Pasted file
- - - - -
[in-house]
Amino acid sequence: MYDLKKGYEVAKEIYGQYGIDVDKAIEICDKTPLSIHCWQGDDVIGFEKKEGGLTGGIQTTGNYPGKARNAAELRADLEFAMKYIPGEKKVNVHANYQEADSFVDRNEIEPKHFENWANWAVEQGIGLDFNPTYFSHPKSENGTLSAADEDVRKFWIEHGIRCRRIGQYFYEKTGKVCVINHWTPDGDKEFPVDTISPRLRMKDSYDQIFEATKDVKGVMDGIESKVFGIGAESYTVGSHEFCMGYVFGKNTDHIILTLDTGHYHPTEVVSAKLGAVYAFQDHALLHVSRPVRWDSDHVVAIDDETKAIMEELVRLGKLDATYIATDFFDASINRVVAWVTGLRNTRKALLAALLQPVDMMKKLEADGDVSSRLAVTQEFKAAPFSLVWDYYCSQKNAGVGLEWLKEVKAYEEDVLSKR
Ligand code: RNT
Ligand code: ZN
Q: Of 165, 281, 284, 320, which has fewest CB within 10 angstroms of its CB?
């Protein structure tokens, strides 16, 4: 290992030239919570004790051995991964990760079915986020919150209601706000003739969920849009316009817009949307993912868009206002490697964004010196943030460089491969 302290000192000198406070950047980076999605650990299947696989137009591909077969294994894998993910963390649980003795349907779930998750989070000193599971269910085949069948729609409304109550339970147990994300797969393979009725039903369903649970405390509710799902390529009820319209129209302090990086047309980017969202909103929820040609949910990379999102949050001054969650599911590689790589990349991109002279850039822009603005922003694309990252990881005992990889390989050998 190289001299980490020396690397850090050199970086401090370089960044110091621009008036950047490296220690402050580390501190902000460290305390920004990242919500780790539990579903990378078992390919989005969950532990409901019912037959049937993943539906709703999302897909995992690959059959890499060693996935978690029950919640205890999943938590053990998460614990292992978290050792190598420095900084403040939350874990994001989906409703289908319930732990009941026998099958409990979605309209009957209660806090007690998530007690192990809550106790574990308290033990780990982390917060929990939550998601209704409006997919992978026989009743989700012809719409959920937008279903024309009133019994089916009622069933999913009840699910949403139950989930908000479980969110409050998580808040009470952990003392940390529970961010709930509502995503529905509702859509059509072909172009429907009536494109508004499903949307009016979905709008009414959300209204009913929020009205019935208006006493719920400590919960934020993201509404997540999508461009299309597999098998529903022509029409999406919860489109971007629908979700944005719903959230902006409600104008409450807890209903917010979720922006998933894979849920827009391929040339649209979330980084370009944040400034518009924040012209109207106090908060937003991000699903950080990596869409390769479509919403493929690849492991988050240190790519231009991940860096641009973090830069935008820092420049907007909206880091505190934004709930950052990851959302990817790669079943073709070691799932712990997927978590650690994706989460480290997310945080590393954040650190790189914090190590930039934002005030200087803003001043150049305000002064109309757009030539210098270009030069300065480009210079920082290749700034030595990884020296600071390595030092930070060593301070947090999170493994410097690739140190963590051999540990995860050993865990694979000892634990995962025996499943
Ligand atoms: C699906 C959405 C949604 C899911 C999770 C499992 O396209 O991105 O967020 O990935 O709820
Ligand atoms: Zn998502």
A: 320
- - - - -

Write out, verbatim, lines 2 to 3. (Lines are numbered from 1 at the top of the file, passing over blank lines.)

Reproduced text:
Amino acid sequence: MYDLKKGYEVAKEIYGQYGIDVDKAIEICDKTPLSIHCWQGDDVIGFEKKEGGLTGGIQTTGNYPGKARNAAELRADLEFAMKYIPGEKKVNVHANYQEADSFVDRNEIEPKHFENWANWAVEQGIGLDFNPTYFSHPKSENGTLSAADEDVRKFWIEHGIRCRRIGQYFYEKTGKVCVINHWTPDGDKEFPVDTISPRLRMKDSYDQIFEATKDVKGVMDGIESKVFGIGAESYTVGSHEFCMGYVFGKNTDHIILTLDTGHYHPTEVVSAKLGAVYAFQDHALLHVSRPVRWDSDHVVAIDDETKAIMEELVRLGKLDATYIATDFFDASINRVVAWVTGLRNTRKALLAALLQPVDMMKKLEADGDVSSRLAVTQEFKAAPFSLVWDYYCSQKNAGVGLEWLKEVKAYEEDVLSKR
Ligand code: RNT